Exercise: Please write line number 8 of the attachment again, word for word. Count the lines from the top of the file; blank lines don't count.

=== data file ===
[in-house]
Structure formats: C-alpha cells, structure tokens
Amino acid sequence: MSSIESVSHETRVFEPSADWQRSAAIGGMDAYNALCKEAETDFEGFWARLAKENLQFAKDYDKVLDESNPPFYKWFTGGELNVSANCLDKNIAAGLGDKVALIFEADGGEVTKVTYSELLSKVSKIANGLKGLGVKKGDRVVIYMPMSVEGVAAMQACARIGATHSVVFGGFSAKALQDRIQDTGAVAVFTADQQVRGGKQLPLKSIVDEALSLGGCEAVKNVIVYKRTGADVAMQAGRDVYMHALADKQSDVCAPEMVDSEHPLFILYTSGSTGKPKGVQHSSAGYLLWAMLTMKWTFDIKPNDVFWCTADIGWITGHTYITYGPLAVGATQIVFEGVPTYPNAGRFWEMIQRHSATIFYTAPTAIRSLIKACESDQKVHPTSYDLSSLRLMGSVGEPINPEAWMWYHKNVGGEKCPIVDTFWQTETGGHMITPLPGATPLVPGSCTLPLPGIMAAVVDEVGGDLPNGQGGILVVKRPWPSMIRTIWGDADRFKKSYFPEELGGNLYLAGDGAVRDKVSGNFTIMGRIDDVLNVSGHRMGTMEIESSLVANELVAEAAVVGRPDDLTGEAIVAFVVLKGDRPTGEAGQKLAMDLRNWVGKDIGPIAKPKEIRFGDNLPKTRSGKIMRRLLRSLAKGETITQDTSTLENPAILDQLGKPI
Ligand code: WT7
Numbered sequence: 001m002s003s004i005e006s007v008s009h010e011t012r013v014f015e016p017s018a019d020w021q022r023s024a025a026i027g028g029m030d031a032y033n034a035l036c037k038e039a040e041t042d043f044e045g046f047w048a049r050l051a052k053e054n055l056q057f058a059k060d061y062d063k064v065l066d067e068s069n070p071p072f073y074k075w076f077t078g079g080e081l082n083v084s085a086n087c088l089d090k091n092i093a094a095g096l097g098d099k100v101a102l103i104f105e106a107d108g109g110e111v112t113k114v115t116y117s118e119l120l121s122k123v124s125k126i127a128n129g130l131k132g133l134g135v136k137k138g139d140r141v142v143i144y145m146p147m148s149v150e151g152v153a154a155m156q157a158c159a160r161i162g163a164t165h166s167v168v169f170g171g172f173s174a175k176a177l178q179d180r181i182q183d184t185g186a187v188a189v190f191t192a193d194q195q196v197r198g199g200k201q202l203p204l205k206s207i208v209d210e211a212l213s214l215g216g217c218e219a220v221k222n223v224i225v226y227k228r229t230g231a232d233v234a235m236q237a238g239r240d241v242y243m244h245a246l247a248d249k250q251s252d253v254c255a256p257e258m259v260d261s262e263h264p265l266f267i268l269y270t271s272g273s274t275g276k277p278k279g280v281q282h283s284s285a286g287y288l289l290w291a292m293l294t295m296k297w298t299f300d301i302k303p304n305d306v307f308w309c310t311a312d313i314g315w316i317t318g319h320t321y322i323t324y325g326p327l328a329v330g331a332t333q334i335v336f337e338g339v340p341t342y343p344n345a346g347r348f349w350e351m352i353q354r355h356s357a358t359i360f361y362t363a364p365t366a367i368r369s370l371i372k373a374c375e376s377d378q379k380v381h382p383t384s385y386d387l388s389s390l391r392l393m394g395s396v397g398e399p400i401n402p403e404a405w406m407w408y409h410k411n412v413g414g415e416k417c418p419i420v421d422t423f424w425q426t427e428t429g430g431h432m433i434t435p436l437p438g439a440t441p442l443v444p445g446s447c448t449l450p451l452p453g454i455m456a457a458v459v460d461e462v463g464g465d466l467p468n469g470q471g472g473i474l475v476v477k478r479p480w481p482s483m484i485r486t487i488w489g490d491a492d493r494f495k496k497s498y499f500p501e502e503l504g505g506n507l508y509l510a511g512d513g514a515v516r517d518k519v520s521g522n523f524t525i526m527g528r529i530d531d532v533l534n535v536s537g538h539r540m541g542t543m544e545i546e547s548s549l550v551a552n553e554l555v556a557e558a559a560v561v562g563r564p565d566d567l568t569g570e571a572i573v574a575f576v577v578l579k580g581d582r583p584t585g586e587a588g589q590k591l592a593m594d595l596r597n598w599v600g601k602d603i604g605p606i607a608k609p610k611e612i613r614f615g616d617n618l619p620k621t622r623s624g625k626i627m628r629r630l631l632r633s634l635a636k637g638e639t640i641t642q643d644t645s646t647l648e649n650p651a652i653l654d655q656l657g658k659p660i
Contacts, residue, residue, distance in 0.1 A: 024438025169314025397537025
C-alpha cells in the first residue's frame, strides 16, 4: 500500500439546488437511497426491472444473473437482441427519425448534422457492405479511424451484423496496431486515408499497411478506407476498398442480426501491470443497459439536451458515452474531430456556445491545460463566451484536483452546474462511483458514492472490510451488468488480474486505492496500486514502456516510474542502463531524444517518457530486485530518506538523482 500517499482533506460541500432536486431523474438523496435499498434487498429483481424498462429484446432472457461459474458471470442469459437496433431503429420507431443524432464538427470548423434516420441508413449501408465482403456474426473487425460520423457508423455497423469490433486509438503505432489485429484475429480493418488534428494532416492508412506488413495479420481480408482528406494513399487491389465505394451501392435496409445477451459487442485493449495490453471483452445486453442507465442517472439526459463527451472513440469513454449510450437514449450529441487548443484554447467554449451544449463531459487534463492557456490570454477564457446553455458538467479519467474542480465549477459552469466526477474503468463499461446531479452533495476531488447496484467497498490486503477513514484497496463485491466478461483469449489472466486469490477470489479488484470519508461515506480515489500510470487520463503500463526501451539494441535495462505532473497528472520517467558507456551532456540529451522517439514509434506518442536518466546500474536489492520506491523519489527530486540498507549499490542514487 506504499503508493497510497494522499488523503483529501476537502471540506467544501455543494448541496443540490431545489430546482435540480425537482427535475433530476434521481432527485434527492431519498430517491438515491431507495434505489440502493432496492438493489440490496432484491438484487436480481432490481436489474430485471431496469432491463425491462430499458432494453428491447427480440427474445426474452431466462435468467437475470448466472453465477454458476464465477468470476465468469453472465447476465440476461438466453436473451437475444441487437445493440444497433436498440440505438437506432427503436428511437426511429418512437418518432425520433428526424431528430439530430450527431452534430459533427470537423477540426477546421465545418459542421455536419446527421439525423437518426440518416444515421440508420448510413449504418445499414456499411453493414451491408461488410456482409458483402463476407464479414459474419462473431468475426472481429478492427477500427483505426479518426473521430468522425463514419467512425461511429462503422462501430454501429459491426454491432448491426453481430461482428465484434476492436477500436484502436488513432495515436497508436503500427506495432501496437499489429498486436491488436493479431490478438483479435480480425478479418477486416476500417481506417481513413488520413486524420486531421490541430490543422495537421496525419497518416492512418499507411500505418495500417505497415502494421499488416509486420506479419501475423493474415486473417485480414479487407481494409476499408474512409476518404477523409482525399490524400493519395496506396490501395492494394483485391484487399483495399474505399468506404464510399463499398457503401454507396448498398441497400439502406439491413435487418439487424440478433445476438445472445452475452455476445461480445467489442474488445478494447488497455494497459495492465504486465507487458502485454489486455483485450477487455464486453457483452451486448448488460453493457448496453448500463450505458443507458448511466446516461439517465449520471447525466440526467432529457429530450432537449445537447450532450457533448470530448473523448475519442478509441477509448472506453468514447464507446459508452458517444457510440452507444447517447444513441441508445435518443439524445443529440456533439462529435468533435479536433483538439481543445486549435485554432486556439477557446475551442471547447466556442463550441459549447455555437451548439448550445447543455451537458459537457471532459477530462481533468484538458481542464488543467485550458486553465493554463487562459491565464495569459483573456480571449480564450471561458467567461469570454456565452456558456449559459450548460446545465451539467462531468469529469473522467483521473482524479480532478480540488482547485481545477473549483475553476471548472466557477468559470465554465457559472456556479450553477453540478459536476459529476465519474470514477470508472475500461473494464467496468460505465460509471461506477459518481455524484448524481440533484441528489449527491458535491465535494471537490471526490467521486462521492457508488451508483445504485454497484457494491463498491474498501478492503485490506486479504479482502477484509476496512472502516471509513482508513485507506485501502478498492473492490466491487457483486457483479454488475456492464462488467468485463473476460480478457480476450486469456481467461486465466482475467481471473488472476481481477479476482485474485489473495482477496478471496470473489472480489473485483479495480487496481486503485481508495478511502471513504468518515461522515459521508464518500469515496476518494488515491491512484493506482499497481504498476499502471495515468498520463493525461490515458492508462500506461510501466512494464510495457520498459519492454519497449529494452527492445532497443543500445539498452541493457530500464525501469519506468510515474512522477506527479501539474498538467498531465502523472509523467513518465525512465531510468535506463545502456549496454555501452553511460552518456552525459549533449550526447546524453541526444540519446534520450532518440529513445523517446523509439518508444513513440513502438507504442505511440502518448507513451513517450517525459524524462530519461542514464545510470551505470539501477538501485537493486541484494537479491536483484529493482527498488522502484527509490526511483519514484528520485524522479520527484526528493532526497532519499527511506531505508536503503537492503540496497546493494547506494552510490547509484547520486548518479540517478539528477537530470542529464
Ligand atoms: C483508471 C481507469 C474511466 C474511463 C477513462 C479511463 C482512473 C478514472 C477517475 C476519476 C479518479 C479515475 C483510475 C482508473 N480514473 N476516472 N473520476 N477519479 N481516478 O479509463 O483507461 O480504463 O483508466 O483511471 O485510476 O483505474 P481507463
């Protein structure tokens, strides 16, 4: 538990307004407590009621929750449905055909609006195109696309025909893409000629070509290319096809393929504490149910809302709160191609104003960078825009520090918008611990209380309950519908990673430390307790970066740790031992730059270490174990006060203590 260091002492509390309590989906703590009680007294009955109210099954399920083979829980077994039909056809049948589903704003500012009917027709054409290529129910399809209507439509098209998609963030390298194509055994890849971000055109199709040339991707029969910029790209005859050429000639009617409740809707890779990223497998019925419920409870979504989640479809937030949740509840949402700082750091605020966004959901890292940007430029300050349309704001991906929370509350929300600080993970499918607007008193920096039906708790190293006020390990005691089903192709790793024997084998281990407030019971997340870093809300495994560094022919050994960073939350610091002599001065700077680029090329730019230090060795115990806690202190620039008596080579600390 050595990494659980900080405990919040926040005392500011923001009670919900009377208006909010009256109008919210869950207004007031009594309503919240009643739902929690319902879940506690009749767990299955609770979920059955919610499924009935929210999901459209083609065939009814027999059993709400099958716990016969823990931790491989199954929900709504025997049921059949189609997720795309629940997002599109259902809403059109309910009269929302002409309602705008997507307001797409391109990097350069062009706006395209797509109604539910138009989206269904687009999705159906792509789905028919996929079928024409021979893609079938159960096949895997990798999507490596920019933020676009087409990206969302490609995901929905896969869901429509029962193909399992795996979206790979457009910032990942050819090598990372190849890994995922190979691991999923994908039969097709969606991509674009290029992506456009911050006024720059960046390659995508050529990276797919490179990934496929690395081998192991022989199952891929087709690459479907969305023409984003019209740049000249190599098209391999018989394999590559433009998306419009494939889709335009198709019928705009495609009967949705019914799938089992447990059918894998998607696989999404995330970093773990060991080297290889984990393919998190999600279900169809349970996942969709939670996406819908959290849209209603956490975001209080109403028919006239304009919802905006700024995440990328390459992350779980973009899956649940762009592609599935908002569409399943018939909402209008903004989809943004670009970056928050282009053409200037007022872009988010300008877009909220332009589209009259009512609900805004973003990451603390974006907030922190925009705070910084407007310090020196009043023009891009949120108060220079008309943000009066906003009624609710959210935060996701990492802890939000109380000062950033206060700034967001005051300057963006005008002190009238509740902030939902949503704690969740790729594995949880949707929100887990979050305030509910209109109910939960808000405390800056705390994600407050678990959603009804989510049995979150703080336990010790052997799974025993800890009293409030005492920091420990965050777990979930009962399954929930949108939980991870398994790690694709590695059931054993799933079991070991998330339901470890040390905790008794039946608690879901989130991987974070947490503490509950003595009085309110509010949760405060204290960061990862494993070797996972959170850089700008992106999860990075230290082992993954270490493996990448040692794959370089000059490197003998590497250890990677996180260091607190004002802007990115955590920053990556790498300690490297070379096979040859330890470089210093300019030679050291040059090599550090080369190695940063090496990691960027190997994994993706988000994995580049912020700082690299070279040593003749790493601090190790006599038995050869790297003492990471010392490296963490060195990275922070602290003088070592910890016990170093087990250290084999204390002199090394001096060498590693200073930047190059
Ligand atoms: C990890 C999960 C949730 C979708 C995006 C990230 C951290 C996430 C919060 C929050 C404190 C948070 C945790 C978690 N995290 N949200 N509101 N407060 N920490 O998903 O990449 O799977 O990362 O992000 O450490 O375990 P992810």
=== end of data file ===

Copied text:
Ligand atoms: C483508471 C481507469 C474511466 C474511463 C477513462 C479511463 C482512473 C478514472 C477517475 C476519476 C479518479 C479515475 C483510475 C482508473 N480514473 N476516472 N473520476 N477519479 N481516478 O479509463 O483507461 O480504463 O483508466 O483511471 O485510476 O483505474 P481507463